Pikwakanagan – At only 14 months, “Lil Kev” Verch doesn’t understand about SMA2 or the approval of the miraculous $2.8 million one-time drug which will give him a needed gene to be able to crawl and walk, but it is clear from his quick smiles he understands about the unconditional love of his family who rallied around him to find funding for the drug.
“We will be so grateful to one day be able to see him take his first steps,” his mom, Dana Pearce, said on Sunday. “He loves his sleigh and wagon, and we pull him, but he can’t move around on his own right now.”
Spinal Muscular Atrophy (SMA) is a rare genetic disease affecting one in 10,000 children. It causes the loss of nerve cells called motor neurons in the spinal cord and attacks the muscles causing weakness and atrophy. The earlier a child is diagnosed the better for treatment. Dana explained while now children in Ontario are tested at birth for SMA, this only began 10 months ago. Kevin’s disease went undetected for many months.
“He was able to roll over and clap and wave but at six months he started to lose the milestones he was achieving,” she said.
It has been a rollercoaster couple of weeks for the tot’s parents since finding out about his diagnosis on Boxing Day and then realizing his best chance for an active life was a drug called Zolgensma, which was not funded through OHIP. At an astronomical cost of $2.8 million, the family realized it would take a miracle or an unbelievable amount of fundraising to pay for the drug. However, just a few days after starting the fundraising campaign, the family received the news the drug would be given to Kevin through a funding program called Jordan’s Principle which ensures no First Nations child is left behind with health care needs.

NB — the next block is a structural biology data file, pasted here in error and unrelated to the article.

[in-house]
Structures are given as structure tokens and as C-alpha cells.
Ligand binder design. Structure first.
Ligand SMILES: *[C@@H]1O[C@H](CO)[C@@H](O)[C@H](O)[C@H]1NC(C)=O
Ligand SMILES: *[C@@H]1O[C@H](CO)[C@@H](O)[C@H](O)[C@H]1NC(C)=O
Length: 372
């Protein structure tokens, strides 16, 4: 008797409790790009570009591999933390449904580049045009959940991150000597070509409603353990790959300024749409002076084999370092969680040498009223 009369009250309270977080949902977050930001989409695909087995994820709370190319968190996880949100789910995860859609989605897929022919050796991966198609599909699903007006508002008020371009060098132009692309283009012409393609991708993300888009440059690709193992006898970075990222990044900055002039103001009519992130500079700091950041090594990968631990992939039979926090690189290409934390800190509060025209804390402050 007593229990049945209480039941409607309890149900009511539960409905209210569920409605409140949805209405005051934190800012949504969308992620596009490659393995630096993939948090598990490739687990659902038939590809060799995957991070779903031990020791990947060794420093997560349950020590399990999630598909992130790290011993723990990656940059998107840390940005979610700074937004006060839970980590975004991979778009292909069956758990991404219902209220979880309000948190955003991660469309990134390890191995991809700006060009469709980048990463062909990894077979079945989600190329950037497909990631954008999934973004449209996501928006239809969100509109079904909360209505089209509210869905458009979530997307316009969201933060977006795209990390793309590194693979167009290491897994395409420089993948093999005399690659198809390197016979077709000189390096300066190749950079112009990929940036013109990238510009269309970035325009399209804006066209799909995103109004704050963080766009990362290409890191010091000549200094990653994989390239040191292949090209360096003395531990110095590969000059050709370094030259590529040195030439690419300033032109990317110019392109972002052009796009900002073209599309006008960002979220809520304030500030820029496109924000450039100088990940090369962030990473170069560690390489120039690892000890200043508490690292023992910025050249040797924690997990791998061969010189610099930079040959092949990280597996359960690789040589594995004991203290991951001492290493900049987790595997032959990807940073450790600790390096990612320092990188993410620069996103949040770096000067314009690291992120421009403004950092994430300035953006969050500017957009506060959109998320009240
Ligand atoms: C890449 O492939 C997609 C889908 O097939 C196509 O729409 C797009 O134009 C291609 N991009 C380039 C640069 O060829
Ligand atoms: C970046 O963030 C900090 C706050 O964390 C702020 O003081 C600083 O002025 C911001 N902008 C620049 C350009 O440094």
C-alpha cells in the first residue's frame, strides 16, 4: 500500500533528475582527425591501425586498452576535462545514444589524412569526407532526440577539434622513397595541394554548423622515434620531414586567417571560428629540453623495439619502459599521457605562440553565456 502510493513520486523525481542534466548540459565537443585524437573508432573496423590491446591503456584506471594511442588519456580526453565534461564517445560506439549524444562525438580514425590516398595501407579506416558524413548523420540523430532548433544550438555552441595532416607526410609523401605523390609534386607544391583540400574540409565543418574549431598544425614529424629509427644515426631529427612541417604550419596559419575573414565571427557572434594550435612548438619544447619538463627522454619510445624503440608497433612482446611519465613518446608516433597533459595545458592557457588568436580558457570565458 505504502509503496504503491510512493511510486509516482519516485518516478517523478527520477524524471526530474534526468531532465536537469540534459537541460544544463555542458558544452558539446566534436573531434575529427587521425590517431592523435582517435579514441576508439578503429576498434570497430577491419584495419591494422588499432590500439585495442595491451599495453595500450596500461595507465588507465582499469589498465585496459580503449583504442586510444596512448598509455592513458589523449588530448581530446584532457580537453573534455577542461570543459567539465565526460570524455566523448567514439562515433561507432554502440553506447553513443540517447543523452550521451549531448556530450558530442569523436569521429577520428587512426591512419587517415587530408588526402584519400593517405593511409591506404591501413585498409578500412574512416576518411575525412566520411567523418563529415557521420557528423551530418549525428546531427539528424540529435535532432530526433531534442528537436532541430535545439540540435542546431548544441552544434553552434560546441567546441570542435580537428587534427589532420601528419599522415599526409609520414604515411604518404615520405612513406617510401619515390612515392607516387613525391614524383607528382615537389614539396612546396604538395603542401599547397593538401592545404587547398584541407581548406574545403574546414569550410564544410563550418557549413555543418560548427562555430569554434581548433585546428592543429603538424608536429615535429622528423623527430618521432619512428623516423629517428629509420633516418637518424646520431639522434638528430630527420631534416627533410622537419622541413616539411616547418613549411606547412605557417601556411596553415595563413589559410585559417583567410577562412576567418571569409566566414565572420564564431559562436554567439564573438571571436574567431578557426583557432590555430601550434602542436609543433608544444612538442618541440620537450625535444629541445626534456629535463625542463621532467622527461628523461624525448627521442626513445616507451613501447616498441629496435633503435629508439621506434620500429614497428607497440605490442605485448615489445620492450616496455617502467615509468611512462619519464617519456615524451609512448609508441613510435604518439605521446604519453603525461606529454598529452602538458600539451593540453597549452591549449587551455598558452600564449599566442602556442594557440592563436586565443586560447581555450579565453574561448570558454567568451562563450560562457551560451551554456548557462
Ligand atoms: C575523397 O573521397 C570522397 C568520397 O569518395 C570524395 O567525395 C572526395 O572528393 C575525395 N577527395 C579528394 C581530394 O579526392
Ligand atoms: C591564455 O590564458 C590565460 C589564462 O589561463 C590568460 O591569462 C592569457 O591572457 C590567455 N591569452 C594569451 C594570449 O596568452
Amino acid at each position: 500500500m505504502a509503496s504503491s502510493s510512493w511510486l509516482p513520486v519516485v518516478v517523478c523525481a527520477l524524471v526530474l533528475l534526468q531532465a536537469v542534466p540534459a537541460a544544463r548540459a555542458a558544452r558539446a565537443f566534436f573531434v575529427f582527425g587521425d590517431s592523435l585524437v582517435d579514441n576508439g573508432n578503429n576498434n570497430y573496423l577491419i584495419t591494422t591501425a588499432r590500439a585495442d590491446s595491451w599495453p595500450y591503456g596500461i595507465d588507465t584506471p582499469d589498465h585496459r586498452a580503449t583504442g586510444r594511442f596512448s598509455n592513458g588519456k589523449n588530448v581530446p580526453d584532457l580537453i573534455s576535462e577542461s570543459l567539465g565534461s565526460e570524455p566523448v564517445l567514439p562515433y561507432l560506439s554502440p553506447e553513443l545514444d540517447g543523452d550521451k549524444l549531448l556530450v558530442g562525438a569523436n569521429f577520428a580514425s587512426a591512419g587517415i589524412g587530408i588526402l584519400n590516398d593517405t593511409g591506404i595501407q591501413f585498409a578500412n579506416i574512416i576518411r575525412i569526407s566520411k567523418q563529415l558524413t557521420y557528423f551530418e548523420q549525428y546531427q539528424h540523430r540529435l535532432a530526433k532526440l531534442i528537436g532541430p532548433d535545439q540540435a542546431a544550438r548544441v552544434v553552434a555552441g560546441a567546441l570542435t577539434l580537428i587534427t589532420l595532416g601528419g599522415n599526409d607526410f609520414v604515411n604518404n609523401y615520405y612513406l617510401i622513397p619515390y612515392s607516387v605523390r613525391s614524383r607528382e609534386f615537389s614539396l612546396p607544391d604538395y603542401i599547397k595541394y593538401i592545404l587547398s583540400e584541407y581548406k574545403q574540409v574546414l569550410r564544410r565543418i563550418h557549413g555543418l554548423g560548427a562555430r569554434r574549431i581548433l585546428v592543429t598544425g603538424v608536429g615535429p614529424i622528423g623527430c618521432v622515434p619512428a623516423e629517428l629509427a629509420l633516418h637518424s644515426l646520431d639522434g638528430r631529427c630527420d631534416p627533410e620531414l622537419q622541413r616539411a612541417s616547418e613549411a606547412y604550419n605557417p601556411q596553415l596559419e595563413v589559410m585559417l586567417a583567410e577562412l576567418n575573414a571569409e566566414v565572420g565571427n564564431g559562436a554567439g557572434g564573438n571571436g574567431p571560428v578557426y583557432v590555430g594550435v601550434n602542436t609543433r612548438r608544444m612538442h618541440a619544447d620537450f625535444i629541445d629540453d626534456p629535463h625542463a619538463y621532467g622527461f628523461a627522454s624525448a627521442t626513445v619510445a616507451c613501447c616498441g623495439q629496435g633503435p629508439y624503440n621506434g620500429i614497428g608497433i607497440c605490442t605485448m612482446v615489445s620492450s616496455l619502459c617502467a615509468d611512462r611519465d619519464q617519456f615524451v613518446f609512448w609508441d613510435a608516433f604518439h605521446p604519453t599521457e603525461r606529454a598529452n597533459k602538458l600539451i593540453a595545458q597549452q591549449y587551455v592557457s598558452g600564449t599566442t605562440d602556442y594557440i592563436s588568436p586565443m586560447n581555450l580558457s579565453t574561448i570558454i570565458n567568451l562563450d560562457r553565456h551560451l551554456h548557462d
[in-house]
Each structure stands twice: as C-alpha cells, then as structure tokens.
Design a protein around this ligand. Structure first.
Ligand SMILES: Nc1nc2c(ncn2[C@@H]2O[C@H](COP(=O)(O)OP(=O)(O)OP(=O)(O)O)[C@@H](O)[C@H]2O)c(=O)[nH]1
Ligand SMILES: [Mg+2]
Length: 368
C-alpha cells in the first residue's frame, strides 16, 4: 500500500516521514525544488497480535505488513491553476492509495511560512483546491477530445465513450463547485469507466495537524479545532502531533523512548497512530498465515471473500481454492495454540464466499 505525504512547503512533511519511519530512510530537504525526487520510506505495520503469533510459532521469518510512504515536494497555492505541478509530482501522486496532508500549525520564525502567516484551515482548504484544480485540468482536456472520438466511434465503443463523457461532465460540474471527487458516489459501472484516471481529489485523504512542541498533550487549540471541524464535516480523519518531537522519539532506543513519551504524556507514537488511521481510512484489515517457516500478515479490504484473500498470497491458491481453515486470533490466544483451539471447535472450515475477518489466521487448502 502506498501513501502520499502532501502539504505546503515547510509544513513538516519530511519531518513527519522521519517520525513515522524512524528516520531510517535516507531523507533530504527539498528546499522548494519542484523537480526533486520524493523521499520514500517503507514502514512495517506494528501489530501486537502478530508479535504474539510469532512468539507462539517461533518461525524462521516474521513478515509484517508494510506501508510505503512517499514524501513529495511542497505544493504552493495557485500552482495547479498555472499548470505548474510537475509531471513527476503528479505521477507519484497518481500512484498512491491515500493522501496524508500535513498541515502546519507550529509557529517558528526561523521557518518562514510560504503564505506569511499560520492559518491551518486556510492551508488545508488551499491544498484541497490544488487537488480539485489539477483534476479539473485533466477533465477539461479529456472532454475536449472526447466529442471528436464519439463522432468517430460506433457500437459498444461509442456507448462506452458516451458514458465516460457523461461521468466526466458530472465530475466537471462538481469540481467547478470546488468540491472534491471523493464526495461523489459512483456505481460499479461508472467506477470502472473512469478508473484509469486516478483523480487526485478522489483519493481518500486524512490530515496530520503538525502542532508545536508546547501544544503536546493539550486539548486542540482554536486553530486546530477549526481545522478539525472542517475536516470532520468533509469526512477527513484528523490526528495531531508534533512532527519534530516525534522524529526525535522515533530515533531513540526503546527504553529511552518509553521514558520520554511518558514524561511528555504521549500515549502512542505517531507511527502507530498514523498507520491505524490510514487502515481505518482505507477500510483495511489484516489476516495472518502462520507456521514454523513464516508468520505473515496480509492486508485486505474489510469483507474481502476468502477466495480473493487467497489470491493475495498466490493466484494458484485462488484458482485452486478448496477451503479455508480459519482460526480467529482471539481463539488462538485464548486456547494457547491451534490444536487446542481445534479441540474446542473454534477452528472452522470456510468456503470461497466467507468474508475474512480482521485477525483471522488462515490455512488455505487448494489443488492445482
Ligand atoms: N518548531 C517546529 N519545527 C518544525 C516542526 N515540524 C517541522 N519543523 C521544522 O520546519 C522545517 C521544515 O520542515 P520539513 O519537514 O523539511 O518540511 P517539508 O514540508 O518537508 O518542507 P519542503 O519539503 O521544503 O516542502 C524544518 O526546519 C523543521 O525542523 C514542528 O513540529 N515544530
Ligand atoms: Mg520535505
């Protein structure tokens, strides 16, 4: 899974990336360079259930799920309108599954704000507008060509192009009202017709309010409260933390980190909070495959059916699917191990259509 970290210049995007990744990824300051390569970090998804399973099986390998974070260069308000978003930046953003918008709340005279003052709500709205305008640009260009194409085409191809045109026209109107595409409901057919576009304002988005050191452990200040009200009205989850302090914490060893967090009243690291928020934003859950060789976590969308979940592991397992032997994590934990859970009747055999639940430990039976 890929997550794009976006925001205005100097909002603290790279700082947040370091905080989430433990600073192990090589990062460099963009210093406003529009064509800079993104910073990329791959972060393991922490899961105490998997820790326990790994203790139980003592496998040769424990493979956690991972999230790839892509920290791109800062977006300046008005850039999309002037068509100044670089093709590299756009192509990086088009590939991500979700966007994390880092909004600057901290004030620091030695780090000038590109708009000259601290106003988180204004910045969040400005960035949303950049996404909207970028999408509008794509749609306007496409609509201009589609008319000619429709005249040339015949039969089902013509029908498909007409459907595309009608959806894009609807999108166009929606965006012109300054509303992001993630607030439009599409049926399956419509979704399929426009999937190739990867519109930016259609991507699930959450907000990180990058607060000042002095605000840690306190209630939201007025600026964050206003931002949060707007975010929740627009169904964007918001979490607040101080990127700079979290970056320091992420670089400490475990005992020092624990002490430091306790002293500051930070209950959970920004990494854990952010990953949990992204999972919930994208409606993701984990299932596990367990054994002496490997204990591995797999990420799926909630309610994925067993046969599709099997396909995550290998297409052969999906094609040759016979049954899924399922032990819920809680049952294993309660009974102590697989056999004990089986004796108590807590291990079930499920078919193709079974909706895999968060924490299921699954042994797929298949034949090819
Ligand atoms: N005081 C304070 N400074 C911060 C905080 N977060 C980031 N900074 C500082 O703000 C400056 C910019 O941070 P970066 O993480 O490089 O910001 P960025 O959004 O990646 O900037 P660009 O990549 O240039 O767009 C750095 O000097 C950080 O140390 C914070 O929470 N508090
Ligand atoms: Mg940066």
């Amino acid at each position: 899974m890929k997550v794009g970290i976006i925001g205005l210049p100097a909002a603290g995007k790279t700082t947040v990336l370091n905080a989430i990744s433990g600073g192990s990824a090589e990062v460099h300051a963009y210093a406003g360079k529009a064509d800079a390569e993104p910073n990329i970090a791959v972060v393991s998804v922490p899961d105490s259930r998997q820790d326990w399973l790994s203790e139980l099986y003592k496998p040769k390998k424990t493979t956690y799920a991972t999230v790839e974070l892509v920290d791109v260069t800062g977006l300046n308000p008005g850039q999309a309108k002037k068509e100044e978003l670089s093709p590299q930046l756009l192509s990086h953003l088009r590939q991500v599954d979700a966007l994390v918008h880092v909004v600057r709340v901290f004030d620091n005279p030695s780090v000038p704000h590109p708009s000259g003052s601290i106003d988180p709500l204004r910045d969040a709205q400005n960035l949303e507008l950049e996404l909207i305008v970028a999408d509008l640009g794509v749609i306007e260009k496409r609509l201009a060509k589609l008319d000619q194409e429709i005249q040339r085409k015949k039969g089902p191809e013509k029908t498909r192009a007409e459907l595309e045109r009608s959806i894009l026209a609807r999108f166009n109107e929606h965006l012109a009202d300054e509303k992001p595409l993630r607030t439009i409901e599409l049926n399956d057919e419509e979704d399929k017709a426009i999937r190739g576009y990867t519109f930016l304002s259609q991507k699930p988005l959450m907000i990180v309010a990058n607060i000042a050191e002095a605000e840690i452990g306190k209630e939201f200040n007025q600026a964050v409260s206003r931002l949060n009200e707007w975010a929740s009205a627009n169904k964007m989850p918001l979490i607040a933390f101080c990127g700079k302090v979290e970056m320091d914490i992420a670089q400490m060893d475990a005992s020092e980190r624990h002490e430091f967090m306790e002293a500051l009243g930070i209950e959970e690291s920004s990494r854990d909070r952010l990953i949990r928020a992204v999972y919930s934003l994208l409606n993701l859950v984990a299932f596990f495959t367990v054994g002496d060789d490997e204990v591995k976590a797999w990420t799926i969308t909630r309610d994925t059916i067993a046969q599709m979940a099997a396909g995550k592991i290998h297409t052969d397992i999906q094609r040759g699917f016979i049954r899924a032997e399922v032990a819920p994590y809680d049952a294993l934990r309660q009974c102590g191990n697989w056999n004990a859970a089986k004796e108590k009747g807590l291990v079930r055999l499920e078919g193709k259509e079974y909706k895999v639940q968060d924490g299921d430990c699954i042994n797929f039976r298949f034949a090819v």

“This replaces the gene he is missing,” Dana said. “There is no cure for SMA, but we are told this is the best option for him.”
Kevin’s mom, and dad, Brody Verch, had realized several months prior to their son’s first birthday in November he was losing strength in his lower limbs and trunk. While at six or seven months he could sit independently and play, reach for toys and grab them, he was slowly losing that ability and it was clear something was wrong. The family, who are part of the First Nation community of Pikwakangan, first went to the local Health Centre and from there medical appointments progressed until Lil Kev was seen at CHEO. It was on Boxing Day when his parents received the call telling them he had been diagnosed with SMA Type 2.